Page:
Spirit was used as an inspiration and model for the artists and animators during the making of the 2002 DreamWorks animated film Spirit: Stallion of the Cimarron. The film, based on a script about a wild mustang written by John Fusco, a long-time figure in the mustang community, and was a combination of hand-drawn, traditional animation and state-of-the-art computer animation.
In April 2002, after completion of the film, DreamWorks relocated Spirit to Return to Freedom Wild Horse Sanctuary, where he serves as a prominent ambassador of the Kiger Mustang breed. At his new home, Spirit will be able to spend his days exploring large pastures at the Sanctuary and enjoying new friends. We are delighted to create a new home for Spirit where he can continue to thrive and inspire our visitors to preserve the heritage of these magnificent animals.
Breed: Kiger Mustang
Sired by the foundation stallion Steens Kiger, the first horse admitted to the Steens Mountain Kiger Registry studbook. Spirit is listed in the Steens Mountain Kiger Registry as Donner of Steens Mountain.
The Bureau of Land Management discovered the Kiger horses on the on the high desert of southeastern Oregon in 1977. Government officials agreed that they had found very unique horses. To preserve them, they moved this small band of horses to other areas on the north end of the Steens Mountain near Kiger Gorge. The Kiger breed takes its name from this region.
Kigers range from 13.3 to 15.2 hands. The majority are duns, but Kigers can also be other colors, including bay, grullo, red dun, roan, or black. An unusual color, termed “claybank” by the Kiger community, combines dun with cream to create the palest line-backed representatives of the breed. Some Kigers have white markings, but excessive white is discouraged. Kigers are short-coupled: they have a low tail-set, characteristic “hook- shaped” ears, and luxuriant manes and tails. The phenotype is considered, by many, to be of a Spanish horse.
Area of origin: Although Spirit was ranch-bred in Bend, Oregon, the Kiger Mustang originates in the Kiger/Riddle Herd Management Areas of Steens Mountain, on the high desert of southeastern Oregon.
Color type: Dun with dorsal stripe
Birthday: Spirit was born May 8, 1995
Came to Return to Freedom: April 2002
More About Spirit
Spirit was born on May 8, 1995. This year, on his birthday, Spirit will be 19 years old.
Spirit was born in captivity by a horse breeder in Bend, Oregon.
Spirit is 4 feet, 11 inches at the top of his shoulders, or 14.3 hands high. Traditionally, a horse’s height is calculated in “hands.” One hand is equal to four inches — the average width of a man’s hand. This method was created when cowboys had to measure horses, but didn’t have any rulers. Most Kiger mustangs stand 13.3 to 15.2 hands high, or 4 feet 7 inches to 5 feet 2 inches at the top of the shoulders.
The artists were inspired by various horses that they knew. For Rain, the creative team drew their inspiration from a very sweet medicine hat mare. They loved how feminine she was and her soft blue eyes!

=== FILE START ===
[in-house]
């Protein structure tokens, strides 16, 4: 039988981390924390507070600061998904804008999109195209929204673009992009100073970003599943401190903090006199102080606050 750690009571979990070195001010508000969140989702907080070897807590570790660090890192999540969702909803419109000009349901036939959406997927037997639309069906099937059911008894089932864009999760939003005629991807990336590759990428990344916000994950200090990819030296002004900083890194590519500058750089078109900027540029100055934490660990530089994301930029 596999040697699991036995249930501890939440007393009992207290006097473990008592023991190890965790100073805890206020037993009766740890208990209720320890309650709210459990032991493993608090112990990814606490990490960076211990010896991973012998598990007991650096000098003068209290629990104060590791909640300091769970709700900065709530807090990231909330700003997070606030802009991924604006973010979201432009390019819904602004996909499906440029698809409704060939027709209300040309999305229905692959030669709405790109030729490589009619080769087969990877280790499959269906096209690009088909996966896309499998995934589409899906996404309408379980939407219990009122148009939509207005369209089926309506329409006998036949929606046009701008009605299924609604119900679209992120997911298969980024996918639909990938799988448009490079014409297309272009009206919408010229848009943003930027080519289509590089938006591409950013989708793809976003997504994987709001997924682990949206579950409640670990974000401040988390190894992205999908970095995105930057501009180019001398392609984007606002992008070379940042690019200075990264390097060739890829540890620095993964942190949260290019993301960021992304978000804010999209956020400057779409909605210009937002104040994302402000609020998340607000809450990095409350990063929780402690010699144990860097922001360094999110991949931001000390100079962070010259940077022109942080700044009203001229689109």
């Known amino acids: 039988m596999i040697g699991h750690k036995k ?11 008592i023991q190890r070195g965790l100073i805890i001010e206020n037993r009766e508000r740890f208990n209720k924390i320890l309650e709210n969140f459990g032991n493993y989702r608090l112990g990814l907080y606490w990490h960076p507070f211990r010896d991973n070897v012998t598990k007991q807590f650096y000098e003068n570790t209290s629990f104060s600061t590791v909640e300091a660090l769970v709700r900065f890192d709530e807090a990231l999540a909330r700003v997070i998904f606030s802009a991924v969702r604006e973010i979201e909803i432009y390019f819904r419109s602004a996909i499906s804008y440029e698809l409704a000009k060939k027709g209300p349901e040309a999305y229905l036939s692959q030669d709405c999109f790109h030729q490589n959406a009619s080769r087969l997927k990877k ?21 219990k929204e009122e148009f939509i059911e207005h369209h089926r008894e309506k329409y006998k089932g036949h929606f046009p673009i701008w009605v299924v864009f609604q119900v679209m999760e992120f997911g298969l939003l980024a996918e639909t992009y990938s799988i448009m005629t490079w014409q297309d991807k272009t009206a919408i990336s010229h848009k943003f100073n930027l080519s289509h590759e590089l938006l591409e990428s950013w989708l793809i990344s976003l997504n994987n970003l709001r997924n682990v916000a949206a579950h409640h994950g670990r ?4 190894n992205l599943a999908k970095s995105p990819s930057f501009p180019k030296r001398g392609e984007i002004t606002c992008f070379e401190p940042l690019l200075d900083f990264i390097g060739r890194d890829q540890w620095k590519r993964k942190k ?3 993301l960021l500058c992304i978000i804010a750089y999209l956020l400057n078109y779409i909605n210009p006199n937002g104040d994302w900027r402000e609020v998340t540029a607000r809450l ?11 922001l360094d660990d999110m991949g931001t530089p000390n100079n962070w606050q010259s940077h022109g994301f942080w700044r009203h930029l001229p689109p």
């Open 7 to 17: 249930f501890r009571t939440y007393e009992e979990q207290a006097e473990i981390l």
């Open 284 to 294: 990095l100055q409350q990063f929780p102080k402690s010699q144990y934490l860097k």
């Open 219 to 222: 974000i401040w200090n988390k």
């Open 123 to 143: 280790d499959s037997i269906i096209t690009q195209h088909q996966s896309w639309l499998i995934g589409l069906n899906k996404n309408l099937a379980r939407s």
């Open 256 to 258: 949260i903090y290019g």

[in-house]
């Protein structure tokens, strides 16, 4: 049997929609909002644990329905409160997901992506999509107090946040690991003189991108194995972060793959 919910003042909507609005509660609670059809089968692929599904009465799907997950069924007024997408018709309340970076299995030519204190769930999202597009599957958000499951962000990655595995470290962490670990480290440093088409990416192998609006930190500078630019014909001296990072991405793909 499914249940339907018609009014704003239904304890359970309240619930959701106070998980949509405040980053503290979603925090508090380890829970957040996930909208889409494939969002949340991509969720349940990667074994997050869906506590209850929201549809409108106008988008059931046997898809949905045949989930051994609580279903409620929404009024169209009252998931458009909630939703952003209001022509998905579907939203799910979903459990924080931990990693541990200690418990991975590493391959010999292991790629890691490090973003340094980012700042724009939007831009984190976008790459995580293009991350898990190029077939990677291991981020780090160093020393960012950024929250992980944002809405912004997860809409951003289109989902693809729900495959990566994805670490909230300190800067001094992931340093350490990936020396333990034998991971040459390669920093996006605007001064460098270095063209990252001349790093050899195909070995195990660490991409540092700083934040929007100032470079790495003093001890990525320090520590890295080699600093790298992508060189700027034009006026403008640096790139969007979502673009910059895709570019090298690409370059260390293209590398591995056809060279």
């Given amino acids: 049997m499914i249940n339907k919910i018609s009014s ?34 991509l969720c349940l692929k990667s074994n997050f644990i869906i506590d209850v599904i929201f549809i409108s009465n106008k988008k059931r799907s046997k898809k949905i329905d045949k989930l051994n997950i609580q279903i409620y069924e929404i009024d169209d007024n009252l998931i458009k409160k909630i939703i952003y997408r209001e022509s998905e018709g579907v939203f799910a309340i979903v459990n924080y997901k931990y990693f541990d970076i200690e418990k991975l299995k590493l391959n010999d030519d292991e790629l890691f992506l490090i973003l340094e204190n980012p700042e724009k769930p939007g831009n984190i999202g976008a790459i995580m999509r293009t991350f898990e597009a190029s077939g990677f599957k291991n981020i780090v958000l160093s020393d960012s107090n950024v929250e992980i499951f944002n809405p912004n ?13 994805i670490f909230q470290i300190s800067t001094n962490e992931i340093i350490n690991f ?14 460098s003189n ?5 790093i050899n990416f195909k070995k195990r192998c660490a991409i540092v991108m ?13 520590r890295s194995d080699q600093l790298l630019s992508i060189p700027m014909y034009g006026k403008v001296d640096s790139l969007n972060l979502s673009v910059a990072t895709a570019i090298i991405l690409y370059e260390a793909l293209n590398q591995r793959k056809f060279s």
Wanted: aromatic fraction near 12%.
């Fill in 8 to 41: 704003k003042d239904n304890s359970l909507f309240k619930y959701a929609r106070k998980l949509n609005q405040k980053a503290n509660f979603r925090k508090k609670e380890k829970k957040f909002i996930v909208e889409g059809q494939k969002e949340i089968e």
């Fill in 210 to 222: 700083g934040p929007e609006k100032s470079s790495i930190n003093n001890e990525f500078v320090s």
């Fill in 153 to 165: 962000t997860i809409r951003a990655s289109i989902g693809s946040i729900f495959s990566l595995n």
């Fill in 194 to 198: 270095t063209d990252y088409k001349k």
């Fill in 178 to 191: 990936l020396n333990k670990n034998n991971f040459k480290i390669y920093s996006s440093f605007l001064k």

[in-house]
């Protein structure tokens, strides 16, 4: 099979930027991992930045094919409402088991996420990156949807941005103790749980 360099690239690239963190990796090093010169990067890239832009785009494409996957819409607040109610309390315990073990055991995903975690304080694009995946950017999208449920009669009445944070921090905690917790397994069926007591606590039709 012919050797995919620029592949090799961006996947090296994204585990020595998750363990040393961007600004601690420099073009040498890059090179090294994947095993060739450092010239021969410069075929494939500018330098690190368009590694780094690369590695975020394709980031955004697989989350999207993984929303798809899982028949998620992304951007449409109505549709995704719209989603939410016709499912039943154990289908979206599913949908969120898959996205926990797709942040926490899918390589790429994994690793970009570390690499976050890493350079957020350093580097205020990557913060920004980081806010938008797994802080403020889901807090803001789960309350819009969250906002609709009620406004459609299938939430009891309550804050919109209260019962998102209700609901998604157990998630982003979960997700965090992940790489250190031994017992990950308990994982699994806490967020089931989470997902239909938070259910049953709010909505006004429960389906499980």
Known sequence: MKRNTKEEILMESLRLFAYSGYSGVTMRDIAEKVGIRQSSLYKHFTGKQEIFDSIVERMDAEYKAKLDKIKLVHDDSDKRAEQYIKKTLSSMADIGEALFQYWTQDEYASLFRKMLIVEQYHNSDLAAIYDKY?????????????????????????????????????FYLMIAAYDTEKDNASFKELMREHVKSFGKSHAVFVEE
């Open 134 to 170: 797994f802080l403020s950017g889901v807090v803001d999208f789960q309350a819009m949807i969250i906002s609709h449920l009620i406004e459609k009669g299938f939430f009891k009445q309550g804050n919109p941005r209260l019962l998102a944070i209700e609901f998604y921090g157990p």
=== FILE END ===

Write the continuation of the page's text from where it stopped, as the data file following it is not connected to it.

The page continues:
No. Spirit was born on a ranch in Bend, Oregon. Spirit is free and is a wonderful ambassador and bridge to help educate children about the various breeds of America’s wild horses. He enjoys people and especially children.
Since Spirit was not born in the wild, he was not born into a herd. Here at Return to Freedom he is being socialized with wild horses so that he can live freely with them. So far he has been introduced to several mares.
Spirit has a great life here, and has the best of both worlds of freedom and captivity. While he is being introduced to some of the wild horses at the Sanctuary, he also has his freedom. Spirit has many friends — human and horses alike. And because he is in a sanctuary, he has the care that he and all his friends need and deserve.
DreamWorks’ filmmakers and artists were very specific about the kind of horse they needed as a model for their film. And Spirit met all of their criteria.
They knew they wanted to find a beautiful and majestic Mustang — a true symbol of the untamed American West. And when they first laid eyes on Spirit, they knew they had found the creature that would give them the inspiration to tell a compelling story about a wild mustang stallion and his fight for freedom.
Spirit was also chosen because he has a great personality and the way he moved was truly beautiful. He is playful and interacts very well with people. And that was really important because he posed many, many times so the animators could sit and draw and study him for hours on end.
The Bureau of Land Management discovered the Kiger Mustangs on the high desert of southeastern Oregon in 1977. Government officials agreed that these were very unique horses. To preserve them, they moved this small band of horses to other areas on the north end of the Steens Mountain near Kiger Gorge. The Kiger breed takes its name from this region. We have provided a number of links to sites that are dedicated to Kigers. We invite you to read more.